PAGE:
Saturday, March 28, 2015

I'm back - and so are Bald Eagles

After a nearly year long hiatus from posting on this blog (and instead focusing on my instagram account) I'm back and look forward to bringing weekly (and hopefully oftentimes daily) posts to this blog.  With the creation of the Long Island Wildlife facebook page (2,500 followers and growing) I realized that there are a lot of people from Long Island (and elsewhere) that are truly interesting in seeing what our Island has to offer.

So I'll start this off with a quick post about something that has generated a lot of buzz in the nature photography and birding community starting a back in winter (wait, is it still winter??).  Bald Eagles have for decades been a rare sighting on Long Island.  From time to time Birders or photographers would make a note of observing one flying high above - often times a subadult (which lacks the famous "bald" head).  I myself had seen sub-adults twice, once above Mill Pond in Water Mill and again in Flanders with a sub-adult perched on a high-tension tower eating a freshly caught fish.  But aside from these sporadic sightings, if one wanted to see Bald Eagles in the NY Metro area, you would head up to the Hudson near Croton and observe the dozens or more of Baldies that congregate there in the winter to feed on fish and carrion that was always plentiful.

This winter - Bald Eagles started being seen with relative frequency all across the Island.  Nassau, Central Suffolk and the Twin Forks seemed to have their fair share and after awhile it was obvious that there were many regular's across the island.  One of the more "popular" (read: most frequently observed) was a 4th year bird that had one silver band on its leg that spent time between Artist's Lake in Middle Island and Patchogue Lake in Patchogue Village.  While my wife and I tried often to find this bird - we never did, always "just" missing it.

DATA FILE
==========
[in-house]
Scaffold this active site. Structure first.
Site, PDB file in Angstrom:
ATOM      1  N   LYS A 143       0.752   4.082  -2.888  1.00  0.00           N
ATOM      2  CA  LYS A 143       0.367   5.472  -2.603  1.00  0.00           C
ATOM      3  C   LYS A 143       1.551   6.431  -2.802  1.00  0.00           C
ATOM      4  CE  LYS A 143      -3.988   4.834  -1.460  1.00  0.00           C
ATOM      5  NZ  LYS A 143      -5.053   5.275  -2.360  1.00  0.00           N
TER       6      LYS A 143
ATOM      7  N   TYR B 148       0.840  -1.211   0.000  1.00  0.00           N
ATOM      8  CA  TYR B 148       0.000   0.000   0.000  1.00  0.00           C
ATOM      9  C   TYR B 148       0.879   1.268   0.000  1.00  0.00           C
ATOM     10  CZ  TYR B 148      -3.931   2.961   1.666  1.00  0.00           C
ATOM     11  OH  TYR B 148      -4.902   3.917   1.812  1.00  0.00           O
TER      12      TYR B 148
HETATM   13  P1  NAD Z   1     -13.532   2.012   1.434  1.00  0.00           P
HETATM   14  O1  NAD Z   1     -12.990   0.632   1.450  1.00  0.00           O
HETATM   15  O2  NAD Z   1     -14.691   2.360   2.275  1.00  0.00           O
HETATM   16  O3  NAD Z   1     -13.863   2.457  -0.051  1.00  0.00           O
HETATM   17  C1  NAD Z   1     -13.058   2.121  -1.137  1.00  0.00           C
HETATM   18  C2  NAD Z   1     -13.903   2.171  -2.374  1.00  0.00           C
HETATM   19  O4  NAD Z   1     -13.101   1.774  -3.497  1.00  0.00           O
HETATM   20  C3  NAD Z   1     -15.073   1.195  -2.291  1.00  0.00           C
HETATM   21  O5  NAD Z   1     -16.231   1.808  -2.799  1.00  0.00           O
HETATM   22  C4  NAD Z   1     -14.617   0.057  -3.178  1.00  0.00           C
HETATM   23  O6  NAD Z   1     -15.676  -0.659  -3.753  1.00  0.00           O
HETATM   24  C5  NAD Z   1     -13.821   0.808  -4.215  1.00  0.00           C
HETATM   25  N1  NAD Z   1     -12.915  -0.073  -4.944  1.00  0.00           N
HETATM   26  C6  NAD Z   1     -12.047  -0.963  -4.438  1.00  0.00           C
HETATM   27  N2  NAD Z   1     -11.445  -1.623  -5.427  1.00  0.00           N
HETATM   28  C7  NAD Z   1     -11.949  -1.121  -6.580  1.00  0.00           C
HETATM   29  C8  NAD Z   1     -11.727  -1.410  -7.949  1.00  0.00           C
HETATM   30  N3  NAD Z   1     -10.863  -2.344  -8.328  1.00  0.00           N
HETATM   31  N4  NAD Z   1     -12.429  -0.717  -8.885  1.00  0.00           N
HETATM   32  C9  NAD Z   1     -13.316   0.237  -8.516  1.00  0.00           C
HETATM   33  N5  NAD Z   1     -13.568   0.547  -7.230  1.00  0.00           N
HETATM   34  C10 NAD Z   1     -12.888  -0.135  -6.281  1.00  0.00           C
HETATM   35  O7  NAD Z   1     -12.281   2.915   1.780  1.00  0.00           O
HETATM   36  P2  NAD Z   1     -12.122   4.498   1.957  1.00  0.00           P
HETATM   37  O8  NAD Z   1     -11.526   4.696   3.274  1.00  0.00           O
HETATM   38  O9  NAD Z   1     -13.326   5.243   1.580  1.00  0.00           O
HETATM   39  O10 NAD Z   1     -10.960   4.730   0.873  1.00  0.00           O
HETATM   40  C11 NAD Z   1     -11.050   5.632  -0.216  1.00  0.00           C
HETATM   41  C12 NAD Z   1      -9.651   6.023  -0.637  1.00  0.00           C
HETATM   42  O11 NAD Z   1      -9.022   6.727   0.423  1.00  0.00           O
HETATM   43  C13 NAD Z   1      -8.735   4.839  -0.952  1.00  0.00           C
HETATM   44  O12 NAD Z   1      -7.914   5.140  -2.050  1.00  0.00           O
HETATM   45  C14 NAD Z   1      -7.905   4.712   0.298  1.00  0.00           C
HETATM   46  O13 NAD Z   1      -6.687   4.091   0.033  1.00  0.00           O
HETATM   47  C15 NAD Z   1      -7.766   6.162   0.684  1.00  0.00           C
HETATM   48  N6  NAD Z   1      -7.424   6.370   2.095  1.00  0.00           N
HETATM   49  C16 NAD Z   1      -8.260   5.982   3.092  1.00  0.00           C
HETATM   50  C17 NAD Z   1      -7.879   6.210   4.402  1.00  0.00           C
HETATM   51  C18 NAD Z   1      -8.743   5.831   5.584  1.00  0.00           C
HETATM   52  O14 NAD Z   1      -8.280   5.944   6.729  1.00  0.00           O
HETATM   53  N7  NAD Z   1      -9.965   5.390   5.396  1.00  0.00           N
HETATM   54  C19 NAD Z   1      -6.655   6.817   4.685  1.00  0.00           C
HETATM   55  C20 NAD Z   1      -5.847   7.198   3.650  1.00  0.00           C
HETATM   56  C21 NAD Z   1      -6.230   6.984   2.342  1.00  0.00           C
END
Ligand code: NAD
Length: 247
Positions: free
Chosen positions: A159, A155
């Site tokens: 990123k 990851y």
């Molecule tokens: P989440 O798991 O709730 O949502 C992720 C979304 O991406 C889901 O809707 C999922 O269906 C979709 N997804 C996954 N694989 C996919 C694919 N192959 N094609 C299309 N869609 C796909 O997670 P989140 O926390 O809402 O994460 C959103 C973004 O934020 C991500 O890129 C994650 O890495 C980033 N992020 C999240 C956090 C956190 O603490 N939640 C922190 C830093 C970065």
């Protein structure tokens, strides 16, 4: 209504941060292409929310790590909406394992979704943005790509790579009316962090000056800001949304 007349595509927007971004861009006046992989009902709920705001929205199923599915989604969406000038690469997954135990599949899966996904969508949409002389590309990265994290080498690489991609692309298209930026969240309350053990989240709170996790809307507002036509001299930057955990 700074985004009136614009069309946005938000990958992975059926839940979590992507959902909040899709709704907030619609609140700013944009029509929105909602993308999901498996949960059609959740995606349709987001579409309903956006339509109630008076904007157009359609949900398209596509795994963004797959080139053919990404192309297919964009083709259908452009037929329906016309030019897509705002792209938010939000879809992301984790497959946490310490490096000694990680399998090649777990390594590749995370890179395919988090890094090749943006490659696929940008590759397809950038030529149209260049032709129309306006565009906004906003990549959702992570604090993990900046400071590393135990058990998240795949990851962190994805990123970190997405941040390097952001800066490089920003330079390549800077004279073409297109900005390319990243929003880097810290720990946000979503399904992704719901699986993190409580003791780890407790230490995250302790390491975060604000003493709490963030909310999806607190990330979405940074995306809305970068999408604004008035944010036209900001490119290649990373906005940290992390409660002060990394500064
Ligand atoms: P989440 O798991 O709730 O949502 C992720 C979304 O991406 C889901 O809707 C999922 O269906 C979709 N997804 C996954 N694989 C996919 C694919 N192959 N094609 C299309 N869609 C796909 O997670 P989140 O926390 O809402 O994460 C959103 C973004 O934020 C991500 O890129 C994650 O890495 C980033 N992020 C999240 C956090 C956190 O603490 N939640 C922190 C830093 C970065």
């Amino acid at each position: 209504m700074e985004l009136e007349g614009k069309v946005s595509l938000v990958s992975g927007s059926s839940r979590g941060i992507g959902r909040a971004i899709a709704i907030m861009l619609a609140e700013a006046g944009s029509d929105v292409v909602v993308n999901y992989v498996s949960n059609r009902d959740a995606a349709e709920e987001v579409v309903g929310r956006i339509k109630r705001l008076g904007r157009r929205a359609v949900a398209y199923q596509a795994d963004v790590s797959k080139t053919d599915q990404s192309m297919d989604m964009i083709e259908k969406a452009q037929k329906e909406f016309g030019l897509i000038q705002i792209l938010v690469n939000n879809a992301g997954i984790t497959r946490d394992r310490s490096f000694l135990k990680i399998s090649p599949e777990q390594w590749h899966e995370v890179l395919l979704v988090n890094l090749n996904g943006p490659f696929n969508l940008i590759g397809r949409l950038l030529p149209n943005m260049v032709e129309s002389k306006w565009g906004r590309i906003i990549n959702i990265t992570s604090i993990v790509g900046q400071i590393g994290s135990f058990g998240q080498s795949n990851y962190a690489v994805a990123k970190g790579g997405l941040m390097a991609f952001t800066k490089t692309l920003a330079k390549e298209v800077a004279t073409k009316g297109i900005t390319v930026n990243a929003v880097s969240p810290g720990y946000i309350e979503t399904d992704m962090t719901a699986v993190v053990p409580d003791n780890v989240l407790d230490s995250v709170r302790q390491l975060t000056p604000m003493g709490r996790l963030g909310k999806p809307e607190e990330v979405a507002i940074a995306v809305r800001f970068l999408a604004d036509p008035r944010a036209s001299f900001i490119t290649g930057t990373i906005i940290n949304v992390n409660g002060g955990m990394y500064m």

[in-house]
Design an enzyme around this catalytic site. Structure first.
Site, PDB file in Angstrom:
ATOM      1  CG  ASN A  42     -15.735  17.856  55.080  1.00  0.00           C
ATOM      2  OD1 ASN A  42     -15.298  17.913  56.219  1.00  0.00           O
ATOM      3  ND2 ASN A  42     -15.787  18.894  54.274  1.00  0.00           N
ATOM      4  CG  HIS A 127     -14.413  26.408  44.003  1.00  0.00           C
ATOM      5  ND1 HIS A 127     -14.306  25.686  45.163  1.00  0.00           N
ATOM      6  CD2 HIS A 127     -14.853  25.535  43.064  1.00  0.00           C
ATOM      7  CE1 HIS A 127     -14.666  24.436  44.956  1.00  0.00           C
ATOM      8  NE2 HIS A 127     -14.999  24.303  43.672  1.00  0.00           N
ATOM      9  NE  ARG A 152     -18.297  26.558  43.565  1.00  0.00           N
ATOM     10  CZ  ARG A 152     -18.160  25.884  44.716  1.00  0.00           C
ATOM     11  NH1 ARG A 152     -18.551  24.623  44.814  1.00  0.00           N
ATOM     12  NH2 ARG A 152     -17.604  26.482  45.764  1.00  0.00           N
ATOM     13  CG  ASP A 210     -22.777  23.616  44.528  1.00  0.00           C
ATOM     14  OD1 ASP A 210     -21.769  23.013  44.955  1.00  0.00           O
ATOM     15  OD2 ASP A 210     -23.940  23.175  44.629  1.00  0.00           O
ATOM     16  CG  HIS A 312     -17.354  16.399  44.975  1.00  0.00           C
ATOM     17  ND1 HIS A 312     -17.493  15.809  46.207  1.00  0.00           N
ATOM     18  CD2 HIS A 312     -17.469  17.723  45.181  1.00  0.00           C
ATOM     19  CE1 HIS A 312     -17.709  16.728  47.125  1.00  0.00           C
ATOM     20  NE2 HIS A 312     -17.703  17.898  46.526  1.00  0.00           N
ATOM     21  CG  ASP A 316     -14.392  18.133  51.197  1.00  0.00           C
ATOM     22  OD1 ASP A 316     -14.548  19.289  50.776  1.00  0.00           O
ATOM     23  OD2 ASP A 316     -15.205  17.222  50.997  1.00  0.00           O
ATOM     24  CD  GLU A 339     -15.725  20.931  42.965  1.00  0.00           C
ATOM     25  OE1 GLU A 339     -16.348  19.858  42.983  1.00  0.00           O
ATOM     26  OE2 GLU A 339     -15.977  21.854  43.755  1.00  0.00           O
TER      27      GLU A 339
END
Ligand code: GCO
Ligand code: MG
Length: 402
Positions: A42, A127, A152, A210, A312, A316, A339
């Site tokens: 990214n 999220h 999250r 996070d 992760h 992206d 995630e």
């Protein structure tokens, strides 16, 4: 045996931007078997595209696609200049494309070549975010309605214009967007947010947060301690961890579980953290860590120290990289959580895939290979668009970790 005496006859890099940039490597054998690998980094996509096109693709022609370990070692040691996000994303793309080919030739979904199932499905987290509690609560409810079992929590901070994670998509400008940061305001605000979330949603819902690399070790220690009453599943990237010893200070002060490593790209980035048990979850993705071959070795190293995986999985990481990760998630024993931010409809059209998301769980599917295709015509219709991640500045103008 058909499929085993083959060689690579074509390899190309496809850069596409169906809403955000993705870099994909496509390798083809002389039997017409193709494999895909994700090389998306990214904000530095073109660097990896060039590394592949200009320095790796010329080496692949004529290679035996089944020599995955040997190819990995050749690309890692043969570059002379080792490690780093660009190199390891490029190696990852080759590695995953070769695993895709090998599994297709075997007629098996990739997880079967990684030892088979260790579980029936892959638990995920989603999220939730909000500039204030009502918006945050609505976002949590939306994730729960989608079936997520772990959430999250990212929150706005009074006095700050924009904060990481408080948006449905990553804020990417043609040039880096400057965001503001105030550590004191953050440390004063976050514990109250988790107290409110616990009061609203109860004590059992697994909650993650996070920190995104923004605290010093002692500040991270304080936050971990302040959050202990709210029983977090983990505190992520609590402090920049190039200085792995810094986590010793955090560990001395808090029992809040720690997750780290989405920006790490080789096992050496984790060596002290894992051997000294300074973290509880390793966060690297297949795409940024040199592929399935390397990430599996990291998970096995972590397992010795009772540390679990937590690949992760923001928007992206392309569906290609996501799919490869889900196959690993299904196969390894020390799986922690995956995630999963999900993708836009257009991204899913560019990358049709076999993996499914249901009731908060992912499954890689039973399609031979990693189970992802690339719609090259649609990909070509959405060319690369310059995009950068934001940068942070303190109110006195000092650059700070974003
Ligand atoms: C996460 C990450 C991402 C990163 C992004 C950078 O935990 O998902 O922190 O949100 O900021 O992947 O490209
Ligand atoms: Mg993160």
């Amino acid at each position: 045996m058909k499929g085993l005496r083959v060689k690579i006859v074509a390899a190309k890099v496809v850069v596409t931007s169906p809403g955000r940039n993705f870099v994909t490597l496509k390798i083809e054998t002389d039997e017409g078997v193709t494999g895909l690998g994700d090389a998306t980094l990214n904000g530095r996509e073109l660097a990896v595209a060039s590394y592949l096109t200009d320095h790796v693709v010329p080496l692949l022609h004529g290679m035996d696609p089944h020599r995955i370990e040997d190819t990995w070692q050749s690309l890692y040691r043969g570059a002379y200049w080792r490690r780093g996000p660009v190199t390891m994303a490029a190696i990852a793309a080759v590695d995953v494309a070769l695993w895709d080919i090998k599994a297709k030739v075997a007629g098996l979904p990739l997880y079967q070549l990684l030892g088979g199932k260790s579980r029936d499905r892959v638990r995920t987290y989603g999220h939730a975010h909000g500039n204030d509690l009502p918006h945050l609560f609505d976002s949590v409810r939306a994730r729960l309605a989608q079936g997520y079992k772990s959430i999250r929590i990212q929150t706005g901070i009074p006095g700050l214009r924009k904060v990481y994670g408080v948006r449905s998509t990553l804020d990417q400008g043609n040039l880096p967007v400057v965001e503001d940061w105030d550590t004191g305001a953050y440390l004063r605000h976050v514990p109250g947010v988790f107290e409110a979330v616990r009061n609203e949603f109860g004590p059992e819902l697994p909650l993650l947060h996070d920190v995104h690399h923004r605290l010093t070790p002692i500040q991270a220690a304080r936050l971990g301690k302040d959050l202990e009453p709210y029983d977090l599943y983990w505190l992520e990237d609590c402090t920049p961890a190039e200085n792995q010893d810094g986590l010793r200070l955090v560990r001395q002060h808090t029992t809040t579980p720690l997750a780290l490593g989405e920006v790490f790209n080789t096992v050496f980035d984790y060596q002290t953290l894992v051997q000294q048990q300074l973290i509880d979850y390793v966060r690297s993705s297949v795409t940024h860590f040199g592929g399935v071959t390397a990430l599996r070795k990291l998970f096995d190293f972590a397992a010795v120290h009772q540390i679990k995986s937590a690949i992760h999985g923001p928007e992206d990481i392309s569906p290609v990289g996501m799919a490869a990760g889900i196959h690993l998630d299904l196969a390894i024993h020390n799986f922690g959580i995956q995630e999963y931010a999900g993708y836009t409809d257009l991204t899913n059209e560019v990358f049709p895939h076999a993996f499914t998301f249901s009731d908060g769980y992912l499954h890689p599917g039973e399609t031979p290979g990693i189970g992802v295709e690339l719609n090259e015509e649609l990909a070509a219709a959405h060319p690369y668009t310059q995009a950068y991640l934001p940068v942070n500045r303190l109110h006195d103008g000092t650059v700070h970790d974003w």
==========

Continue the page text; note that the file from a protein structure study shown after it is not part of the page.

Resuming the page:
Another mainstay was an adult (and often times a second along with some subadults) in Downtown Riverhead, right behind the aquarium (of all places).  After a few attempts at this bird, we finally got the timing right and I got a few wonderful photos of the first adult I'd ever seen on the island.  Later that day I saw a few more sub-adults further up the Peconic River.  Based on reports I saw on the facebook page and the NYS Bird listserv, I estimate that on the best days there were upwards of 30 Eagles from Montauk to Manhattan, with a daily average probably in the 15-20 range.

This past weekend, after getting a tip on a potential nest site, my wife and I found a pair of Bald Eagles at a local park.  It appeared from what I observed that the birds were incubating eggs and fiercely defending the nest (and their territory) from the recently arrived Osprey.  A report from a photographer we met there indicated a few subadults had been around the day before.  We are headed there again tomorrow in hopes of finding the birds again and getting some better shots.  **NOTE: The location of this nest is NOT being disclosed (for obvious reasons).  While it is at a publicly accessible location - I'm waiting on word from the NYSDEC regarding the closing of a trail which runs very close to this nest.  Once I've been assured of that and know that the nest location is common knowledge, I would be happy to share with others.  But for now, please don't ask as the nest is vulnerable to those who are not familiar with the site and their needs.

In the next week or so I'll try to elaborate on the Bald Eagle's recovery on Long Island including how many active nests there are and some reasons for their return.  For now, enjoy the images!

1 comment:

  1. Nice write up Luke, I look forward to your posts.